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WAPA Buys Power Generation Unit From G.E. For $6.7 Million in Move Hailed as Financial Victory for Authority

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The V.I. Water and Power Authority governing board on Sunday authorized WAPA to purchase a power generation unit from General Electric that officials say will save the authority money and give it ownership of one of the more efficient units at the Randolph Harley Power Plant in St. Thomas.

The power generation system, called Unit 27, was being leased by WAPA from G.E. for several years at the cost of $631,053 a month, or $7.57 million a year. WAPA CEO Andrew Smith said during the meeting that the authority had been negotiating with G.E. on a purchase offer as the lease term neared its end. A deal was not reached on time and the lease expired on Thursday, June 23. Following the expiration, the unit was taken offline as negotiations continued, and Unit 23, a standby power generation system was put into service, according to WAPA.

However, on Friday Unit 23 shutdown after an air conditioning system used to cool the unit malfunctioned. The authority brought in large fans to cool the system Friday night, but while attempting a restart, a valve that supplies hydraulic pressure to the starting system failed. With Unit 27 taken offline, WAPA had to initiate a rotating power schedule, leading to frustration in the St. Thomas-St. John District.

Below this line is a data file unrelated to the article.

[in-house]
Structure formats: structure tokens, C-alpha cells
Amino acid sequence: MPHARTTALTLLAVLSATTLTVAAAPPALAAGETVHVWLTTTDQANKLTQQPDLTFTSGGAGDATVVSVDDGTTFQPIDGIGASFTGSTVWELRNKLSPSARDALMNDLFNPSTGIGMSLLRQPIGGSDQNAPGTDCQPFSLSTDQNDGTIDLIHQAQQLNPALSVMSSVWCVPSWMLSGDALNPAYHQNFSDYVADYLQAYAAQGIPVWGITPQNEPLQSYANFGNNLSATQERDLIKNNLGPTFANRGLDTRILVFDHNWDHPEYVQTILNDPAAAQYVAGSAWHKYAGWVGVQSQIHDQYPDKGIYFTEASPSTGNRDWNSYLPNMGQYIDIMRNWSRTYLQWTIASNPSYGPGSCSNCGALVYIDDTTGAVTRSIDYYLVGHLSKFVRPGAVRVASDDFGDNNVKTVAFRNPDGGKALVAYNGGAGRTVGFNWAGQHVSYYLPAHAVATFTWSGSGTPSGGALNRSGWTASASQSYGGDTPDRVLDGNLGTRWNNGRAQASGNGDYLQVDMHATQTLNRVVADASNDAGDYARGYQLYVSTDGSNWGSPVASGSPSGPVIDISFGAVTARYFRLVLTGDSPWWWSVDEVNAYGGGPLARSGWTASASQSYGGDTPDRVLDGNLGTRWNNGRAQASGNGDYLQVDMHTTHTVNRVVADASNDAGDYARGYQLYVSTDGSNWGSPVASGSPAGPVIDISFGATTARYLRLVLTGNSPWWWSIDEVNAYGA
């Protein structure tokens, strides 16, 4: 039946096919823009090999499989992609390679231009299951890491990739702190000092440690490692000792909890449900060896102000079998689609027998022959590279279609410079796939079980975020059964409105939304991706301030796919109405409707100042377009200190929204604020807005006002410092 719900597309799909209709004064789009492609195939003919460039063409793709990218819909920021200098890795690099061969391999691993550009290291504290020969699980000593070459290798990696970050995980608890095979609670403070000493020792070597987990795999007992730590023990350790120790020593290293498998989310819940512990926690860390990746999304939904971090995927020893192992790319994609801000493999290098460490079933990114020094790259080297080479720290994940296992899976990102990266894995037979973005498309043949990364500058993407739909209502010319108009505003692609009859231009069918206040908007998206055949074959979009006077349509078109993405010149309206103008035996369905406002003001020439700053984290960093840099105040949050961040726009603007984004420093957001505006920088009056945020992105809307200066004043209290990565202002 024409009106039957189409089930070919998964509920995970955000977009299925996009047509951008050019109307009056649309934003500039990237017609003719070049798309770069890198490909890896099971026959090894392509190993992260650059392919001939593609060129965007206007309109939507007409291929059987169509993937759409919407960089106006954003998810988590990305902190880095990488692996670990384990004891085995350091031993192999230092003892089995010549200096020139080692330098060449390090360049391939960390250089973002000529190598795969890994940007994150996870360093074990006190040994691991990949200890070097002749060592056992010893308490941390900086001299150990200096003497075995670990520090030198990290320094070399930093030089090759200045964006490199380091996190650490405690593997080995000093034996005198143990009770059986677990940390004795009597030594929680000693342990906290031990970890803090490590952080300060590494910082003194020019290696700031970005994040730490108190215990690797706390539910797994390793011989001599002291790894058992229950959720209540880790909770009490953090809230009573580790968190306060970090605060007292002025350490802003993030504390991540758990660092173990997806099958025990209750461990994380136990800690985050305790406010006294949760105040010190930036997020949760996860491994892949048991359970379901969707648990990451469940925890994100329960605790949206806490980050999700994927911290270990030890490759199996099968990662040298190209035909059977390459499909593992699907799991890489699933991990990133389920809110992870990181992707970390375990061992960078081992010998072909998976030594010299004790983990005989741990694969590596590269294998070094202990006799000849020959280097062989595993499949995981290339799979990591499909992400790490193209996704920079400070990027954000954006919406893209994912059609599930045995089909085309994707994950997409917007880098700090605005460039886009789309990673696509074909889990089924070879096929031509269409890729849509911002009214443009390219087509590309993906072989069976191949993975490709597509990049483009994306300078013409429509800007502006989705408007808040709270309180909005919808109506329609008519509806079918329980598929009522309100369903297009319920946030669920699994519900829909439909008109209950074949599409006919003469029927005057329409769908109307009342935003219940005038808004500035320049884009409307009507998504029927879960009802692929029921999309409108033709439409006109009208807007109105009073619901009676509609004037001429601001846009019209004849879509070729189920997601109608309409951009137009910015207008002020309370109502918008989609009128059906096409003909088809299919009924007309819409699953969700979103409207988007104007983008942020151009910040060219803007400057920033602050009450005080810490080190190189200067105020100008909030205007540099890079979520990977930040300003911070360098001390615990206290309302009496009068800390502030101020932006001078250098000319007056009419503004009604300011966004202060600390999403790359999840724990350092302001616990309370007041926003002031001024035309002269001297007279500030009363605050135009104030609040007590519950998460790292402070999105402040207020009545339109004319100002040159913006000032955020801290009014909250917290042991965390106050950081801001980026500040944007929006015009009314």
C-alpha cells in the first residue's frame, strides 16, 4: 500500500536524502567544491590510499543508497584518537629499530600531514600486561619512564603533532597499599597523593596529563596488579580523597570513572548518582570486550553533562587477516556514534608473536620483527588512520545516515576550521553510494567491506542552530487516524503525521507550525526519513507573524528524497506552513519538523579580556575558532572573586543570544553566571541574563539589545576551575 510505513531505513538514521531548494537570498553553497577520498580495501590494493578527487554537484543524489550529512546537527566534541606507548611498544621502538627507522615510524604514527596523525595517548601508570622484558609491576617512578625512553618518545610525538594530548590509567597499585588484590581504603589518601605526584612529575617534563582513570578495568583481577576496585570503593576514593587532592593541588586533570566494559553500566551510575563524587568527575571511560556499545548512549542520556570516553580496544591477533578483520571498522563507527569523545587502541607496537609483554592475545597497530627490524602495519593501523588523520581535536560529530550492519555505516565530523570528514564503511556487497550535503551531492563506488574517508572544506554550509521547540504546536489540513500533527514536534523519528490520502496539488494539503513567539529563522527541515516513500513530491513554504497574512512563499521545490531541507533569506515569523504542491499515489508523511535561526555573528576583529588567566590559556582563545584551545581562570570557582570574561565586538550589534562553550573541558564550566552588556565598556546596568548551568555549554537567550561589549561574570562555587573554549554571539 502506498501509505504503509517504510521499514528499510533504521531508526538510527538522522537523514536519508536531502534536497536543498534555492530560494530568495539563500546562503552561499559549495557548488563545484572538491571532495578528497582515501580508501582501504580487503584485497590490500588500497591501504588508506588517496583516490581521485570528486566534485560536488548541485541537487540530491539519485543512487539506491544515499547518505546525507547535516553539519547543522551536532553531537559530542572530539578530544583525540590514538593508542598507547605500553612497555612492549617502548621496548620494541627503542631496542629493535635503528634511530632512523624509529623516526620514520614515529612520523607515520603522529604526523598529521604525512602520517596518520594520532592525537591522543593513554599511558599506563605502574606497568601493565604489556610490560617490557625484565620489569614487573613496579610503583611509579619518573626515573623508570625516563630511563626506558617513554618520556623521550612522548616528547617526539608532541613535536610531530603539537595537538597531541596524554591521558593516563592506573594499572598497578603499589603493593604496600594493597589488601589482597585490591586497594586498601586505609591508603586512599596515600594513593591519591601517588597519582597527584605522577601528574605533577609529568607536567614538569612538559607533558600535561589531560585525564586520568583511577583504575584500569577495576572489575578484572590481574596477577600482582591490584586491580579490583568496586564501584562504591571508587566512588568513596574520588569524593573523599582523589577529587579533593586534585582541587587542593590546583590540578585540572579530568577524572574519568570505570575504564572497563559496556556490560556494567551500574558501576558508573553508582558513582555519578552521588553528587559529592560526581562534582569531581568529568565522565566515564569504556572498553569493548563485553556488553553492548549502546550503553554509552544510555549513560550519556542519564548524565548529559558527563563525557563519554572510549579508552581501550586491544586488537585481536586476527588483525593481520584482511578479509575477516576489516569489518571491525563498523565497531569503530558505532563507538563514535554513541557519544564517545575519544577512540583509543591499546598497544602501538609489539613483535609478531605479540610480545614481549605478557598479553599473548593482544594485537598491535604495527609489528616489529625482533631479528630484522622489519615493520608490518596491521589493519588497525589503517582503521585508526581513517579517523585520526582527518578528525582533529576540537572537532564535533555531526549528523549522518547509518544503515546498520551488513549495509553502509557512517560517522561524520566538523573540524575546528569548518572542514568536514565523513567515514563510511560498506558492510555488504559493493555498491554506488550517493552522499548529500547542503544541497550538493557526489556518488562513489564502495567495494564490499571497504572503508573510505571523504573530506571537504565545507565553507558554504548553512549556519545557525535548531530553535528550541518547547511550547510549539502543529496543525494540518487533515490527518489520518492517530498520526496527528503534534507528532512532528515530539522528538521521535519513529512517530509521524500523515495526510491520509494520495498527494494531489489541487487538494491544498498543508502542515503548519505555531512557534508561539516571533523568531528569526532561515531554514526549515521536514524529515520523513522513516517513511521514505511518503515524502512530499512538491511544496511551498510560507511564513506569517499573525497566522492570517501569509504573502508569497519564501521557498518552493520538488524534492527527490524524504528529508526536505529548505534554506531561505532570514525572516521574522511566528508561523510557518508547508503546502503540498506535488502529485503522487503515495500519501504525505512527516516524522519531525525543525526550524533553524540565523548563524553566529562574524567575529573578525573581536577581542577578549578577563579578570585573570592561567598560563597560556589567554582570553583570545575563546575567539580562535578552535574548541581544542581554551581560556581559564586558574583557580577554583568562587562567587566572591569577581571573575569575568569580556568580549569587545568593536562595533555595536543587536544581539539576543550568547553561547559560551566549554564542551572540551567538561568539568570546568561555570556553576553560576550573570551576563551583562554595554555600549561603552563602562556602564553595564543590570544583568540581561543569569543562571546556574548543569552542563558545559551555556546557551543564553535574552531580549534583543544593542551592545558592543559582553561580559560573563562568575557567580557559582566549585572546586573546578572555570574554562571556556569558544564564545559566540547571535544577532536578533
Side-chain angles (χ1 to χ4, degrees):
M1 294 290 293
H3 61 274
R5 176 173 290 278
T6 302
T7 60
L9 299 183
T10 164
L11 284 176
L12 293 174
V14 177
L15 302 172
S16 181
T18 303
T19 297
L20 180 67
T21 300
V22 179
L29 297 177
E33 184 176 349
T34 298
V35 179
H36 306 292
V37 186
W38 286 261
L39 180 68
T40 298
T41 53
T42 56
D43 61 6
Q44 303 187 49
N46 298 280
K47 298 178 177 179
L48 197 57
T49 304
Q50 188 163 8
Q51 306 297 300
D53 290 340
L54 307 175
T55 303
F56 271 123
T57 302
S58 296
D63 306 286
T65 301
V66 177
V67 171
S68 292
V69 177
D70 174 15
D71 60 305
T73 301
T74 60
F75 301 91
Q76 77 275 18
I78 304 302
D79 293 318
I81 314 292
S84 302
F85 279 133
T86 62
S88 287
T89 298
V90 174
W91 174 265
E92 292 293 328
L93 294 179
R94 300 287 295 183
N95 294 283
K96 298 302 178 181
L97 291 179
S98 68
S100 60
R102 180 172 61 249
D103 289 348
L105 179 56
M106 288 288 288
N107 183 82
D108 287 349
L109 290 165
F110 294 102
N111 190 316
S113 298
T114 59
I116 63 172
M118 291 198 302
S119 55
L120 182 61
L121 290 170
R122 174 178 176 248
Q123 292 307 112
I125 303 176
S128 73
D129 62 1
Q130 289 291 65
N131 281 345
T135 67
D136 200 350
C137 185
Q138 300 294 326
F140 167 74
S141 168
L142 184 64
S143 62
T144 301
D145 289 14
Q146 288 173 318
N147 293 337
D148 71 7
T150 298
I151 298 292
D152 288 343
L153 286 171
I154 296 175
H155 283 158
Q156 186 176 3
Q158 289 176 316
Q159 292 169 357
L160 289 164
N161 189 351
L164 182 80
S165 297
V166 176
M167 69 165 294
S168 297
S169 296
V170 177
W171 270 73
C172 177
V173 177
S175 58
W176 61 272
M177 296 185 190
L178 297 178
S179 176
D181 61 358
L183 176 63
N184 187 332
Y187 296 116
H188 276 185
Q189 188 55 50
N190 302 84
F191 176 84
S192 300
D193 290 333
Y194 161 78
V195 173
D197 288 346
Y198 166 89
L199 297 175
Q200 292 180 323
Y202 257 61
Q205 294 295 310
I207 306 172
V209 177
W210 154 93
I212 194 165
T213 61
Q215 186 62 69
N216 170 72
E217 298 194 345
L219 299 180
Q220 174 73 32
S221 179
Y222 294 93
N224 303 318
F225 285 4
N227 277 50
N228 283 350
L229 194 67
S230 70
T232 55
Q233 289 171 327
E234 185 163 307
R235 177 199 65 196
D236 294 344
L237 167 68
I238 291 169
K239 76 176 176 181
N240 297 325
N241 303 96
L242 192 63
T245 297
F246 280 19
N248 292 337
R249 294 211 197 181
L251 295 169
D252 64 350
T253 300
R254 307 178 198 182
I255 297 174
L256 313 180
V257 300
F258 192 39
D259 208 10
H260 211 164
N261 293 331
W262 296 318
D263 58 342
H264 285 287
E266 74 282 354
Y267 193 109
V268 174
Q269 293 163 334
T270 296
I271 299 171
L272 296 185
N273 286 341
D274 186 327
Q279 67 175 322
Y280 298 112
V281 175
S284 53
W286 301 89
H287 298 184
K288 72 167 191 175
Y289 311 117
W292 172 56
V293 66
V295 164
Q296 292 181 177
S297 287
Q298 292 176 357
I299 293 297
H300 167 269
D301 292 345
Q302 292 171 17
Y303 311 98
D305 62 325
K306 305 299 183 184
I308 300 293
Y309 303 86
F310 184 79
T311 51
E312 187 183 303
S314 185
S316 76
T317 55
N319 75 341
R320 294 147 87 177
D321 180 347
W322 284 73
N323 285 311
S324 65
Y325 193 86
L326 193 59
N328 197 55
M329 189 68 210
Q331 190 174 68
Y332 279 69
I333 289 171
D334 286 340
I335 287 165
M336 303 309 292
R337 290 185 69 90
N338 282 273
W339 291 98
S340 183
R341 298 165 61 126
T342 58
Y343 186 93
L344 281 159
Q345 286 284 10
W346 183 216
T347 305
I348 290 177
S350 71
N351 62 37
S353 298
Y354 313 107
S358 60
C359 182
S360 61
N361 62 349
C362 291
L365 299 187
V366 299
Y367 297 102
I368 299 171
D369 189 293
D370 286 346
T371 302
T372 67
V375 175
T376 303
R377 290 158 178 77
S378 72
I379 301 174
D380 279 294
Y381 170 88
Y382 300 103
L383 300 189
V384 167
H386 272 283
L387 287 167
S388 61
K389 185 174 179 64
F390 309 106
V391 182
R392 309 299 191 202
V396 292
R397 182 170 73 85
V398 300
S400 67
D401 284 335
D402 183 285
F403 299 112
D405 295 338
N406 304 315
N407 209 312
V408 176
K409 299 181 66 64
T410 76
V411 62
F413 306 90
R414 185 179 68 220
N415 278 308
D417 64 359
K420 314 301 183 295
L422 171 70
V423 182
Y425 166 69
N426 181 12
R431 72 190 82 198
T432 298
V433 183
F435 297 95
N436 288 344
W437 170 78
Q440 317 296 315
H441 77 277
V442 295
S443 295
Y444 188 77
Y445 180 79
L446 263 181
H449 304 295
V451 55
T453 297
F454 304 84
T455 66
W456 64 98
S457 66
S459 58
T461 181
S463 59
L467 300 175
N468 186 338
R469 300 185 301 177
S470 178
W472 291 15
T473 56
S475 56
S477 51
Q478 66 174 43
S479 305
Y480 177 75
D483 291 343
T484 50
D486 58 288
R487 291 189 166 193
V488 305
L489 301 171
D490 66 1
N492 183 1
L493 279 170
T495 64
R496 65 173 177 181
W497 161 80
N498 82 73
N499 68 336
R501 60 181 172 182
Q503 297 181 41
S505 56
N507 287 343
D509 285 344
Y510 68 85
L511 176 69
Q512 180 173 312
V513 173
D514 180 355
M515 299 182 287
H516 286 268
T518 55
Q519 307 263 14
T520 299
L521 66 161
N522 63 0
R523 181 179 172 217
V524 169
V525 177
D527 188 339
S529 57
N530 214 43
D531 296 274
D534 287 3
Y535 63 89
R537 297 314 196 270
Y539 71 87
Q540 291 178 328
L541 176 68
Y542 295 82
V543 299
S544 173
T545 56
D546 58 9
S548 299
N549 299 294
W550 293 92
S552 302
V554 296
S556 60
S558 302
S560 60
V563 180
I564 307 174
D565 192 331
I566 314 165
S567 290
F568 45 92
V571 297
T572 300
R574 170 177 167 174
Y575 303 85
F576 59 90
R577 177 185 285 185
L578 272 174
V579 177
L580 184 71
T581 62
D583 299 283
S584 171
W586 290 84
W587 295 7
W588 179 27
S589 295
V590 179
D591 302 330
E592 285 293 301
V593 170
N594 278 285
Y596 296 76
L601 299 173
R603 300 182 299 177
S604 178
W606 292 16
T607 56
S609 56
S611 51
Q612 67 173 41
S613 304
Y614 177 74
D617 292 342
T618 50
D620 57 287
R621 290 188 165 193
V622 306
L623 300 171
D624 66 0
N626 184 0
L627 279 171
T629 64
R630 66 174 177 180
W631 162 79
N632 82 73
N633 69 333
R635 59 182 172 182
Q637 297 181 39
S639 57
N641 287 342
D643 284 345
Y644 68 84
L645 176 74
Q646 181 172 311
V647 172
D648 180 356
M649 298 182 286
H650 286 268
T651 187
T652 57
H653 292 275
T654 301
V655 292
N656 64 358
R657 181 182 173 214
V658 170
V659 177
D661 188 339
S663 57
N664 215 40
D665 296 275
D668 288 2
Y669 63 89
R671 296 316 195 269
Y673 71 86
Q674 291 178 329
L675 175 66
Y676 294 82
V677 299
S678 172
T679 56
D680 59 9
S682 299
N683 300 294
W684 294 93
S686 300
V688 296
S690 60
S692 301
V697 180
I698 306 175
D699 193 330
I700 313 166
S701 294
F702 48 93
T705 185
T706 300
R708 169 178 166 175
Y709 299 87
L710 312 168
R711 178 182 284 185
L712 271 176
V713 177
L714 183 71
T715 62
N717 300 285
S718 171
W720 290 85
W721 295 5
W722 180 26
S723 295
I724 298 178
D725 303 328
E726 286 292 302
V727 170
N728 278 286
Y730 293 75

WAPA then called an emergency meeting held on Sunday to immediately purchase Unit 27 from G.E. for $6.7 million along with a one-time payment of $145,000 to rent the unit until the sale is closed. The board unanimously approved the deal.

The authority was unable to inspect Unit 27 as part of the sale, however WAPA officials vouched for its reliability, noting that this particular unit was built to withstand adverse conditions. Unit 27, which WAPA has had for about 11 years, has a life expectancy of 30 years, and purchasing a brand new machine would cost about $25 million, according to WAPA officials who spoke during the Sunday board meeting.

The deal appears to be a solid one for WAPA, as the $6.7 million the authority is expected to pay for the machine would be spent in less than 11 months under a lease agreement. Additionally, the government of the Virgin Islands is providing funding to WAPA to execute the purchase, though a sum was not provided by neither board nor WAPA officials.

WAPA said eliminating the ongoing lease payment captures approximately $0.013 cents per kWh of the authority’s approximately $0.16 per kWh revenue shortfall that it is working to eliminate, or approximately 8 percent of the shortfall.

This post was orig­i­nally pub­lished on this site

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